Adoptive parents are pretty much all constantly exhausted. (Here’s why.) Be gentle. Don’t ask them to bring anything that requires hours of baking to the bring-and-share lunch. Do ask if there are things that will make it easier for the children to manage, such as specific foods they will eat happily, somewhere quiet for them to decompress, someone they feel safe with who can take them to the park for half an hour to burn off some nervous energy, etc.
4. Think laterally.
Give books about adoption and/or the child’s specific needs to other family members or mutual friends you know to be supportive. Ask the family for recommendations, or try some of my favourites:
5. Remember that Christmas may well not be downtime for adoptive families.
When children thrive on the regular routines of school and predictable daily life, they can find school holidays hard to cope with. When you add it all the extra expectations and emotions that surround Christmas, it’s no surprise that they find themselves confused, overwhelmed, and stressed. Therapeutically parenting children in this state of dysregulation is very hard work, even if adoptive parents sometimes manage to make it look easy.
Gone are the days of lying of the sofa for a week with a stack of all the books we got for Christmas, only moving to replenish our plates of mince pies. Downtime only comes when the children are asleep, by which time we can barely keep our eyes open enough to watch the Doctor Who special. When you see an adoptive parent in January, better to ask ‘And how was your Christmas?’ in a cautious tone of voice than to launch in to ‘I bet you had a wonderful time with your children’ and make presumptions of yuletide jollity which may not be accurate. I believe it is possible to have an enjoyable Christmas with adopted children, it’s just that we are still waiting for it to happen here.
Share for a happier Christmas…
If you’re an adoptive parent and think your family and friends could use a few pointers along these lines, keep reading! You can get a handy summary in printable PDF form by clicking below.
Gratitude is officially good for your mental health. (Harvard says so, so it must be true.) As a self-care practice, it’s great to record things you’re grateful for – big and small. So here’s Thankful Thursday – my list of things I’m grateful for this week.
It was great to meet some of my Twitter friends at the Adoption UK conference. Hello! Also, I had a flaming zombie cocktail (think rum on fire) at the networking evening. That was rather excellent.
My December Daily planner (pictured above) arrived this week. I love a bit of scrapbooking geekery. This is command central for all my Christmas planning – presents, food, Christmas card lists, self care, all the things – and memory-keeping: daft things the children say, what we’ll do during the holidays, that kind of stuff. All in one lovely notebook. My life is complete.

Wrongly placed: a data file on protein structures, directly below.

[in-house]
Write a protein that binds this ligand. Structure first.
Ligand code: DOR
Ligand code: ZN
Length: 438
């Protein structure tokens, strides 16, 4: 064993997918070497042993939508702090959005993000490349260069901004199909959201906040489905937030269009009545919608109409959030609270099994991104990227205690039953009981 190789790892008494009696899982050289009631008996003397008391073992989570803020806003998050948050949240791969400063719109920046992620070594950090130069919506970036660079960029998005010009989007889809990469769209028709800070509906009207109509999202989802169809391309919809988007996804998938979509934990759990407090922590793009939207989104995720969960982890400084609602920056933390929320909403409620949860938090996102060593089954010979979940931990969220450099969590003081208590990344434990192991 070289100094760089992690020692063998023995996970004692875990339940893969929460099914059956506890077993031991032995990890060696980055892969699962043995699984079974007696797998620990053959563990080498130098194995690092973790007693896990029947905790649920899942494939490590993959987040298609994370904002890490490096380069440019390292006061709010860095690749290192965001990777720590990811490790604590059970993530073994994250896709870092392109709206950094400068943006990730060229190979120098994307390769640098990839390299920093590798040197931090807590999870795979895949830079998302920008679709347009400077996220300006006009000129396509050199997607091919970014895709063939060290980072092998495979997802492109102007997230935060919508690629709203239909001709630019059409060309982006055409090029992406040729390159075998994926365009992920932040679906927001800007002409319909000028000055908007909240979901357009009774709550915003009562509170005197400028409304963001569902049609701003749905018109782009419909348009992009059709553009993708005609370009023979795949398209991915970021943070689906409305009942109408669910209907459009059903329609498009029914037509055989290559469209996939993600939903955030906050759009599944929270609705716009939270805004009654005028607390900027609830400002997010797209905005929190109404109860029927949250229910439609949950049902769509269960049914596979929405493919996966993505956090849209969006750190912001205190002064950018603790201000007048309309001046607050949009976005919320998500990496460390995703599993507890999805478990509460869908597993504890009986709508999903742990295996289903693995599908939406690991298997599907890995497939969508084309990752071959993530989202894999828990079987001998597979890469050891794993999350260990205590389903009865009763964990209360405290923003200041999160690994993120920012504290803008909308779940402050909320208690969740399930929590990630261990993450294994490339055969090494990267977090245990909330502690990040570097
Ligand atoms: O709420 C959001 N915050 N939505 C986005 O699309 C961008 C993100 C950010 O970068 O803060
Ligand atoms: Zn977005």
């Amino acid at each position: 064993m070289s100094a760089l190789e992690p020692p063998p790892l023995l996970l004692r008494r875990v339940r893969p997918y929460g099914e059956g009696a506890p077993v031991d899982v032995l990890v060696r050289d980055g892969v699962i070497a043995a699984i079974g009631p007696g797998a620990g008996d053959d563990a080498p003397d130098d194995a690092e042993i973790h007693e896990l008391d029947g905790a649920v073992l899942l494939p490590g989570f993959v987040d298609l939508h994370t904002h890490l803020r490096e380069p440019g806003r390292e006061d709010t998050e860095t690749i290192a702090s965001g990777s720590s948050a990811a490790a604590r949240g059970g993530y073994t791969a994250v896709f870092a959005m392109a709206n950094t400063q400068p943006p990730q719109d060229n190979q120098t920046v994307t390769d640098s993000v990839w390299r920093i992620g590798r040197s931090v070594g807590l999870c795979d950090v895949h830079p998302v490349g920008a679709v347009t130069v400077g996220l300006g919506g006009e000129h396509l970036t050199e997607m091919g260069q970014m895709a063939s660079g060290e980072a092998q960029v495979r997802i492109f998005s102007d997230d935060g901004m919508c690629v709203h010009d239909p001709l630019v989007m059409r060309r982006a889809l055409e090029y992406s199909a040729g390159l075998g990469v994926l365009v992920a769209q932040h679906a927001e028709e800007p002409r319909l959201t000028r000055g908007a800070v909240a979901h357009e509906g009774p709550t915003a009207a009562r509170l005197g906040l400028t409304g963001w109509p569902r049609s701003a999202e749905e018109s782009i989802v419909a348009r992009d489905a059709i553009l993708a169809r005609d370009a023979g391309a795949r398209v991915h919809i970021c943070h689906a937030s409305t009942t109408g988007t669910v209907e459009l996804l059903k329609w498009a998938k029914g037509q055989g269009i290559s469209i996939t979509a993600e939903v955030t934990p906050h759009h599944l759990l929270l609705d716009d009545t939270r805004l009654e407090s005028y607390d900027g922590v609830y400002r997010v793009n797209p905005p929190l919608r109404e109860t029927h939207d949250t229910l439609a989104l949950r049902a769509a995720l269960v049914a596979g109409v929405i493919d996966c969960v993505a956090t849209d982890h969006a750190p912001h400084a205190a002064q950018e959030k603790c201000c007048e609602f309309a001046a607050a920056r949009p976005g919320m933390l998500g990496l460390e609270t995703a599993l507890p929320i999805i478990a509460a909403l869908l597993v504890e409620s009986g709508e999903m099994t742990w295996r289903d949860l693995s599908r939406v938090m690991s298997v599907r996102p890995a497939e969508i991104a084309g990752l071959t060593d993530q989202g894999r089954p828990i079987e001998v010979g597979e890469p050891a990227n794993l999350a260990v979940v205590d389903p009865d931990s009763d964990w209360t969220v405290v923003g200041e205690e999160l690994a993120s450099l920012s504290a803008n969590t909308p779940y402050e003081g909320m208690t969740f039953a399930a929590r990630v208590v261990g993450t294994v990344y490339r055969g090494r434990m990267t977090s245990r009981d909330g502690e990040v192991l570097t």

I bought this jumper (from Selfish Mother) for wearing to TAC meetings. It amuses me. You know when they insist on going around the room so everyone can introduce themselves? Sorted.
Parents’ evening happened last night. We all survived. Joanna is having a much better term than the second half of last year and seems to be really engaging with everything much more. Charlotte’s sensory issues are becoming more pronounced as she is less able to keep up with her peers and tries to self-soothe with whatever sensory inputs she can get her hands/teeth on. She is still so creative and imaginative and when she is able to express herself with stories and drawings it is a complete joy to see.
I gave the SENCo a folder full of handouts, book catalogues and leaflets I’d collected for her at the conference. I was particularly pleased to be able to point her in the direction of Stuart Guest’s presentation (lots of other resources on this link too) and give her and Charlotte’s teacher copies of NOFAS UK‘s booklet Teaching an Child with FASD (this link takes you to a free downloadable PDF of the booklet).
I’ve been having a good week behind the scenes blog-wise, and have sorted out some technical things (behold – new sharing buttons below!) and social media stuff (especially Tailwind tribes for Pinterest). I love having a bit of time to do this stuff, so that has made me happy.
What are you grateful for this week? Share the Thankful Thursday joy and let me know in the comments – it’s good for you! 😉
Let’s face it, for most of us, self-care is a struggle. It’s so tempting to think of it as an optional extra that it can be hard to prioritise it and make it happen. We sometimes wonder why we should bother with self-care. And when we do it, we wonder if we’re doing it right! We all have self-care questions, challenges and obstacles. So let’s discuss them and work out some solutions.
I’d like to write a post answering your self-care questions and talking about potential solutions. So if there’s something you’d like me to address, please leave your question in the comments below.
What are your biggest self-care challenges?
What’s one thing you’d like to change right now to give yourself a break?
What resource would really help you this week?
I’d love to hear your ideas, questions, and comments. Thanks in advance for your contributions!